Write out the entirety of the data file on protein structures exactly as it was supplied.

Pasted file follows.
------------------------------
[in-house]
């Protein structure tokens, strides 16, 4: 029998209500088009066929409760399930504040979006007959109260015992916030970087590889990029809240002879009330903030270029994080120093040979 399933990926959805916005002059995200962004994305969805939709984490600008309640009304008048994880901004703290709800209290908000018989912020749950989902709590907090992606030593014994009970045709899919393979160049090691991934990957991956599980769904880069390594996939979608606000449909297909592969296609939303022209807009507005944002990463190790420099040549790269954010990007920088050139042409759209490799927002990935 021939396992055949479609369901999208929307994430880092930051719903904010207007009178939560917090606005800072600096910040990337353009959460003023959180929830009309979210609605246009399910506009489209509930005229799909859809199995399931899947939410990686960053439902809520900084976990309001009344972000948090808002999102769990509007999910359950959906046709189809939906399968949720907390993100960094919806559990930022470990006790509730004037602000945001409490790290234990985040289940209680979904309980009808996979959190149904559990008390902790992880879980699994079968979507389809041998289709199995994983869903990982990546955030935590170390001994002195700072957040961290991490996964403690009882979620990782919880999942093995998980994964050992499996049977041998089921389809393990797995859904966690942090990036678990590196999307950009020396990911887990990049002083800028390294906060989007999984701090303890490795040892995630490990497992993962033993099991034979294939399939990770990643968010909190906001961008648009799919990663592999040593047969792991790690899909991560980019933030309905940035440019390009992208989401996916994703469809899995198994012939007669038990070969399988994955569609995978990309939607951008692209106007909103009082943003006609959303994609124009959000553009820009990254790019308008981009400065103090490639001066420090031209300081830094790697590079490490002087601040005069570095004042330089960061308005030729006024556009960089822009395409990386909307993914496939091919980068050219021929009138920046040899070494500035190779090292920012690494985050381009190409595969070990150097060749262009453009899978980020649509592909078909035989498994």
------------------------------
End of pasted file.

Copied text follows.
[in-house]
């Protein structure tokens, strides 16, 4: 029998209500088009066929409760399930504040979006007959109260015992916030970087590889990029809240002879009330903030270029994080120093040979 399933990926959805916005002059995200962004994305969805939709984490600008309640009304008048994880901004703290709800209290908000018989912020749950989902709590907090992606030593014994009970045709899919393979160049090691991934990957991956599980769904880069390594996939979608606000449909297909592969296609939303022209807009507005944002990463190790420099040549790269954010990007920088050139042409759209490799927002990935 021939396992055949479609369901999208929307994430880092930051719903904010207007009178939560917090606005800072600096910040990337353009959460003023959180929830009309979210609605246009399910506009489209509930005229799909859809199995399931899947939410990686960053439902809520900084976990309001009344972000948090808002999102769990509007999910359950959906046709189809939906399968949720907390993100960094919806559990930022470990006790509730004037602000945001409490790290234990985040289940209680979904309980009808996979959190149904559990008390902790992880879980699994079968979507389809041998289709199995994983869903990982990546955030935590170390001994002195700072957040961290991490996964403690009882979620990782919880999942093995998980994964050992499996049977041998089921389809393990797995859904966690942090990036678990590196999307950009020396990911887990990049002083800028390294906060989007999984701090303890490795040892995630490990497992993962033993099991034979294939399939990770990643968010909190906001961008648009799919990663592999040593047969792991790690899909991560980019933030309905940035440019390009992208989401996916994703469809899995198994012939007669038990070969399988994955569609995978990309939607951008692209106007909103009082943003006609959303994609124009959000553009820009990254790019308008981009400065103090490639001066420090031209300081830094790697590079490490002087601040005069570095004042330089960061308005030729006024556009960089822009395409990386909307993914496939091919980068050219021929009138920046040899070494500035190779090292920012690494985050381009190409595969070990150097060749262009453009899978980020649509592909078909035989498994």